5 Ways to Make Aero Gains
The cat is very much out of the bag when it comes to aero. When I first started testing my own aero, there were still plenty of people that didn’t believe it made a difference or didn’t think it was worth the time or money.
It only needs a quick glance at the efforts individuals, teams, and manufacturers go to maximise aero gains to know how important it is!!
For this, I’m assuming someone who’s kitted out with the appropriate bike, wheels and kit who’s looking for the best ways to get faster without massive changes like bike/wheels.
Here are 5 quick ways to make aero gains.
3. Mobility Work
Whether you do specific work through range of motion (ROM) or you use strength exercises that challenge ROM, it’s well worth the time invested.
I deliberately didn’t say stretching because that’s a bit of a broad term and the image most people have is of ‘static stretching’ and I’m not a fan!!
Mobility to me means being able to go through the desired ROM with control and involves active muscles.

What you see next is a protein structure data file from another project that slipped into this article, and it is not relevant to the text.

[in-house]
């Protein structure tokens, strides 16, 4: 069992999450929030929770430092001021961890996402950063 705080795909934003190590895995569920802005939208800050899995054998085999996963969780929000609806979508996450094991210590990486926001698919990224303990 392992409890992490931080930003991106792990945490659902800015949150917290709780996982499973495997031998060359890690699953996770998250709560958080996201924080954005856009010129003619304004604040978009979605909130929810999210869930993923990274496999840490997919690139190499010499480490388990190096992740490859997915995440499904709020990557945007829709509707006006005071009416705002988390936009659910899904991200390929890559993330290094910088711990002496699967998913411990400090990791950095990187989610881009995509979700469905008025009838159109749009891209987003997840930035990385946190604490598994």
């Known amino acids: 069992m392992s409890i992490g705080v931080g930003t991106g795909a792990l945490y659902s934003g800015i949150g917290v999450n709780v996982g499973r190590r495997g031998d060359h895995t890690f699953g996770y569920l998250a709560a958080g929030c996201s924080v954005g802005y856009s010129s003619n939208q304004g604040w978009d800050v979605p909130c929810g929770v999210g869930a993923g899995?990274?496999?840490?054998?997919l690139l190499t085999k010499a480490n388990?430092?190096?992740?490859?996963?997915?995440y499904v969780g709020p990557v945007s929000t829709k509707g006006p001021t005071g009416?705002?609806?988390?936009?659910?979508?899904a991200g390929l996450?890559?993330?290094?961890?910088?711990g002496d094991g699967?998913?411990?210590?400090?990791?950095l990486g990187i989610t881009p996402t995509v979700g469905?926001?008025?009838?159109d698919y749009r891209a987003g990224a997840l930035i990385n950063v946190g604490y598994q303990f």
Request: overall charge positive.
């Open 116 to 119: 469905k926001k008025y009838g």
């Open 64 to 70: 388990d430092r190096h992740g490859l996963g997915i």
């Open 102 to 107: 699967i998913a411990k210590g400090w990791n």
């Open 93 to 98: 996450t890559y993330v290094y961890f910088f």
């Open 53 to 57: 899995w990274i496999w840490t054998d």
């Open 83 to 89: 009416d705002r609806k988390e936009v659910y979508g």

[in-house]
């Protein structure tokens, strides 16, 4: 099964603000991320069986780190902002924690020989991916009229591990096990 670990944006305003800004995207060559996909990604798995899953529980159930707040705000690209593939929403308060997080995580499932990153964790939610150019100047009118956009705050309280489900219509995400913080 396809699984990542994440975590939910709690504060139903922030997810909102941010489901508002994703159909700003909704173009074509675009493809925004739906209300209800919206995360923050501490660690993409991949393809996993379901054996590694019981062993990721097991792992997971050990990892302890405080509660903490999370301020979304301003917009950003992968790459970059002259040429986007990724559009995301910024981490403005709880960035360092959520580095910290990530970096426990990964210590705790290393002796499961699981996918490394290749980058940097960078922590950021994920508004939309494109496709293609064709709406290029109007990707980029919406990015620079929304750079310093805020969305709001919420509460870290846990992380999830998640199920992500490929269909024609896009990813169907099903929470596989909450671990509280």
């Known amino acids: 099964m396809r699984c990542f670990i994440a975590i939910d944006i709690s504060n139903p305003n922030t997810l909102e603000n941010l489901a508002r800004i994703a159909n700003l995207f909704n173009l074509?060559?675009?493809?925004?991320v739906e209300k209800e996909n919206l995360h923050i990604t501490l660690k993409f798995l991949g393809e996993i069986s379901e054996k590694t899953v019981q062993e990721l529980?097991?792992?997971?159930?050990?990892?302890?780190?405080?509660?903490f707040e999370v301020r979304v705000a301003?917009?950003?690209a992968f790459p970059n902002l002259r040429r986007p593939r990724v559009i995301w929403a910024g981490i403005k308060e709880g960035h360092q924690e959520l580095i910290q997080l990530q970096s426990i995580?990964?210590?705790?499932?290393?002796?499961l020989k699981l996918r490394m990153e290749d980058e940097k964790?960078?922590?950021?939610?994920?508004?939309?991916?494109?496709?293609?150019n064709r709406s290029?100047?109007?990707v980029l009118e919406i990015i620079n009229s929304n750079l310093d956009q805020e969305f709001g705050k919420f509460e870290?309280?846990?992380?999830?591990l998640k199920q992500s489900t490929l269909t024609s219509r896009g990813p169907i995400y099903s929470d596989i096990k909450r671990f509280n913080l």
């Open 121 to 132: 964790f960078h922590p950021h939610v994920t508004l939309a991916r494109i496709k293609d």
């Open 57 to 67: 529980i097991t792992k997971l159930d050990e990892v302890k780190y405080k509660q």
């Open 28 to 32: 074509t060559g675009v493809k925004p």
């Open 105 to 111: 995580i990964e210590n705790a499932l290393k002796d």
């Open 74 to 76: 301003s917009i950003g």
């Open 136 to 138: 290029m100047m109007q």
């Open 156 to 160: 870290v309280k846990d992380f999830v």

The obvious candidate for someone trying to get into a TT position is hip flexion mobility, with thoracic mobility a close second. It’s a big topic, so can’t go into a lot of detail, but if you lack the required mobility for your position, you are likely to compensate elsewhere, possibly increasing your chance of injury and definitely making it difficult to maintain your position.
For more on this, there’s a post on Hip Mobility here.
5. Spending Time!!
THIS IS THE MOST IMPORTANT ONE!!
I saved the best ’til last.
This is not just the most important, it’s also the one that ties the rest of them together. For example, though testing has shown the differences between hydration systems, what about on YOUR BIKE, with YOUR position?? You don’t know until you test.
I learned a long time ago how important this was and learned how to test using the Chung Method. I tested at an outdoor velodrome, repeating standardised protocols and then analysing using Golden Cheetah’s Aerolab feature (see ‘DIY Aero Testing‘ post for more details).
This one probably goes a bit against the title of ‘quick…but truly, testing is the only way to know what works for you. And once you know how to do it you can test anything…to a point. If the difference is so small it’s within your margin of error, you need to look at other things…like cost, comfort, etc, to make the decision. But particularly for improving your position on the bike, it works extremely well…and will be the biggest gains you will make.
If you have any questions feel free to get in touch